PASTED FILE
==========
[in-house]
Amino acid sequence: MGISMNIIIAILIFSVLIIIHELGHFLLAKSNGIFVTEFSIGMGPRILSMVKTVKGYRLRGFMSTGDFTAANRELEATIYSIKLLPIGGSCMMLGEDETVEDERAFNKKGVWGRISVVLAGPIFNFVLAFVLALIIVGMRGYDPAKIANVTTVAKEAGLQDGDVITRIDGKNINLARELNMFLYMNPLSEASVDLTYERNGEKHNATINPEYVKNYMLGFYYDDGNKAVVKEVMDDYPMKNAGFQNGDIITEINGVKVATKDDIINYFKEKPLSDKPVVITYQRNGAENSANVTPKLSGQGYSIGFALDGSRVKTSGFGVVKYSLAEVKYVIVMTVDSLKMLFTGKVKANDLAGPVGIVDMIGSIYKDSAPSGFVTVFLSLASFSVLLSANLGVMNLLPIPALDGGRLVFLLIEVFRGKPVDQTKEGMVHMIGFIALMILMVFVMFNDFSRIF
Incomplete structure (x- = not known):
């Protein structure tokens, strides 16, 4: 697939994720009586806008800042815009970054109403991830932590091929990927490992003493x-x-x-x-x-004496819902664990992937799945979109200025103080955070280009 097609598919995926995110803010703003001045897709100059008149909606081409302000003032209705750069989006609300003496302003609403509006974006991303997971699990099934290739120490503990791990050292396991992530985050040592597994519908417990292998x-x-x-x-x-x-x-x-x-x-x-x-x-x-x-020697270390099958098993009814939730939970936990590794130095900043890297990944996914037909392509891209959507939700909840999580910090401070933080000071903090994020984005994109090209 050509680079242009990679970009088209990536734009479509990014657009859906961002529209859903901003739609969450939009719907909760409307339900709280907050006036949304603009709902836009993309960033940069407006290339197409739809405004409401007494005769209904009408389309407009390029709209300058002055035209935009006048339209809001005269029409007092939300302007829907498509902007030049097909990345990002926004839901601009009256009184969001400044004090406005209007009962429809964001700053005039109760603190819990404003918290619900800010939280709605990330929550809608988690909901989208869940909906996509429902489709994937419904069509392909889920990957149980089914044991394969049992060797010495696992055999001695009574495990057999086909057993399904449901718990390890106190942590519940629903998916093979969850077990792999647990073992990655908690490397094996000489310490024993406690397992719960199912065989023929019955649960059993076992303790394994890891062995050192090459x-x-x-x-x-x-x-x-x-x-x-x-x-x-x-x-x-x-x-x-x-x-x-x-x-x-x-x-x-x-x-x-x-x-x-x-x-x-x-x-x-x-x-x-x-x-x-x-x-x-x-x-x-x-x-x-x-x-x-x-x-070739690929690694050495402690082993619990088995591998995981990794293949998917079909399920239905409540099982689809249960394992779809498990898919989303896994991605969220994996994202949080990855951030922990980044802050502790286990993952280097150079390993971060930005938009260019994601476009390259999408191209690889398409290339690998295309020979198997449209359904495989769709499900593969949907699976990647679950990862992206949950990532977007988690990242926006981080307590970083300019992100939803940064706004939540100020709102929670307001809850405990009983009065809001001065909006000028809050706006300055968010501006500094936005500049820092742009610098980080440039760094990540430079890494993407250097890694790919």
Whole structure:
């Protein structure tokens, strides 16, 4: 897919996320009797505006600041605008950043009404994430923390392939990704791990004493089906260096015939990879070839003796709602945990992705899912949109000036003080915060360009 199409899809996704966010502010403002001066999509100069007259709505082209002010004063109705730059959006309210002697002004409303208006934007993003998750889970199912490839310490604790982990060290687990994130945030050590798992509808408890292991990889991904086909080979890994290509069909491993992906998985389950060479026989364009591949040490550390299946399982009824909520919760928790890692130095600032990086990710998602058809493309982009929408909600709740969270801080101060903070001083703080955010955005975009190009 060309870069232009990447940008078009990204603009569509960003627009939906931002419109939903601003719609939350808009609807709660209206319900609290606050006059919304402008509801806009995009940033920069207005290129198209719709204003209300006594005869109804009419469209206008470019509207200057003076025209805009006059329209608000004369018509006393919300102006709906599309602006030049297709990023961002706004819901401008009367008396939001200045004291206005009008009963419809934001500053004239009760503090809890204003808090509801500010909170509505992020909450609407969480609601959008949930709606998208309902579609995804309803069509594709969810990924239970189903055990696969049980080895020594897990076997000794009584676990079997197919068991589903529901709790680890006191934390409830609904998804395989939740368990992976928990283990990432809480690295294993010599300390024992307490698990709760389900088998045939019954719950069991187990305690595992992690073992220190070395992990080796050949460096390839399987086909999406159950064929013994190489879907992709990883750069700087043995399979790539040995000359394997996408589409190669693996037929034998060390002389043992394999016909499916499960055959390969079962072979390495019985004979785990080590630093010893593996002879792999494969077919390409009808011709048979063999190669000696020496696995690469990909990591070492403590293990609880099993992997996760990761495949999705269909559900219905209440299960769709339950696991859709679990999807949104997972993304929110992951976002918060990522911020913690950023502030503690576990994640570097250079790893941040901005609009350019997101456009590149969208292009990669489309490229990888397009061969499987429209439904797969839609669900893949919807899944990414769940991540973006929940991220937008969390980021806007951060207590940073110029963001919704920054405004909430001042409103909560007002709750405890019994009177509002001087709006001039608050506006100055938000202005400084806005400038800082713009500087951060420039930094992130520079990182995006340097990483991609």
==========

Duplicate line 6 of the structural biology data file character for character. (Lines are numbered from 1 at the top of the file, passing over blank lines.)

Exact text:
């Protein structure tokens, strides 16, 4: 897919996320009797505006600041605008950043009404994430923390392939990704791990004493089906260096015939990879070839003796709602945990992705899912949109000036003080915060360009 199409899809996704966010502010403002001066999509100069007259709505082209002010004063109705730059959006309210002697002004409303208006934007993003998750889970199912490839310490604790982990060290687990994130945030050590798992509808408890292991990889991904086909080979890994290509069909491993992906998985389950060479026989364009591949040490550390299946399982009824909520919760928790890692130095600032990086990710998602058809493309982009929408909600709740969270801080101060903070001083703080955010955005975009190009 060309870069232009990447940008078009990204603009569509960003627009939906931002419109939903601003719609939350808009609807709660209206319900609290606050006059919304402008509801806009995009940033920069207005290129198209719709204003209300006594005869109804009419469209206008470019509207200057003076025209805009006059329209608000004369018509006393919300102006709906599309602006030049297709990023961002706004819901401008009367008396939001200045004291206005009008009963419809934001500053004239009760503090809890204003808090509801500010909170509505992020909450609407969480609601959008949930709606998208309902579609995804309803069509594709969810990924239970189903055990696969049980080895020594897990076997000794009584676990079997197919068991589903529901709790680890006191934390409830609904998804395989939740368990992976928990283990990432809480690295294993010599300390024992307490698990709760389900088998045939019954719950069991187990305690595992992690073992220190070395992990080796050949460096390839399987086909999406159950064929013994190489879907992709990883750069700087043995399979790539040995000359394997996408589409190669693996037929034998060390002389043992394999016909499916499960055959390969079962072979390495019985004979785990080590630093010893593996002879792999494969077919390409009808011709048979063999190669000696020496696995690469990909990591070492403590293990609880099993992997996760990761495949999705269909559900219905209440299960769709339950696991859709679990999807949104997972993304929110992951976002918060990522911020913690950023502030503690576990994640570097250079790893941040901005609009350019997101456009590149969208292009990669489309490229990888397009061969499987429209439904797969839609669900893949919807899944990414769940991540973006929940991220937008969390980021806007951060207590940073110029963001919704920054405004909430001042409103909560007002709750405890019994009177509002001087709006001039608050506006100055938000202005400084806005400038800082713009500087951060420039930094992130520079990182995006340097990483991609």